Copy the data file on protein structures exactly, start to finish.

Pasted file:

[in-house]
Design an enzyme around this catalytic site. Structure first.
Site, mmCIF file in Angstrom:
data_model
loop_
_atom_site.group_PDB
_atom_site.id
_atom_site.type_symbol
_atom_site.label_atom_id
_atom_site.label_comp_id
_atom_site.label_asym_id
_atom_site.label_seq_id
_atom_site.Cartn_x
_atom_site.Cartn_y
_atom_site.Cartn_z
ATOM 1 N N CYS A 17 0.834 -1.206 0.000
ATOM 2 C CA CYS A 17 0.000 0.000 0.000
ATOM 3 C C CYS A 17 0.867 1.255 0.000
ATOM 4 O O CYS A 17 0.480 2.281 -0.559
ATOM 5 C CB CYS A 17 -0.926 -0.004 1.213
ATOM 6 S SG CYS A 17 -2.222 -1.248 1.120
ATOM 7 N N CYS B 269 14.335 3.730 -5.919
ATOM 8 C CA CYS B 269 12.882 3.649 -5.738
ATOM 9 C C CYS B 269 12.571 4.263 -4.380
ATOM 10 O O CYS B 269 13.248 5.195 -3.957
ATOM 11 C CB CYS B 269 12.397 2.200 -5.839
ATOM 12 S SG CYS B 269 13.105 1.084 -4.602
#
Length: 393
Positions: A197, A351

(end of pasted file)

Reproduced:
[in-house]
Design an enzyme around this catalytic site. Structure first.
Site, mmCIF file in Angstrom:
data_model
loop_
_atom_site.group_PDB
_atom_site.id
_atom_site.type_symbol
_atom_site.label_atom_id
_atom_site.label_comp_id
_atom_site.label_asym_id
_atom_site.label_seq_id
_atom_site.Cartn_x
_atom_site.Cartn_y
_atom_site.Cartn_z
ATOM 1 N N CYS A 17 0.834 -1.206 0.000
ATOM 2 C CA CYS A 17 0.000 0.000 0.000
ATOM 3 C C CYS A 17 0.867 1.255 0.000
ATOM 4 O O CYS A 17 0.480 2.281 -0.559
ATOM 5 C CB CYS A 17 -0.926 -0.004 1.213
ATOM 6 S SG CYS A 17 -2.222 -1.248 1.120
ATOM 7 N N CYS B 269 14.335 3.730 -5.919
ATOM 8 C CA CYS B 269 12.882 3.649 -5.738
ATOM 9 C C CYS B 269 12.571 4.263 -4.380
ATOM 10 O O CYS B 269 13.248 5.195 -3.957
ATOM 11 C CB CYS B 269 12.397 2.200 -5.839
ATOM 12 S SG CYS B 269 13.105 1.084 -4.602
#
Length: 393
Positions: A197, A351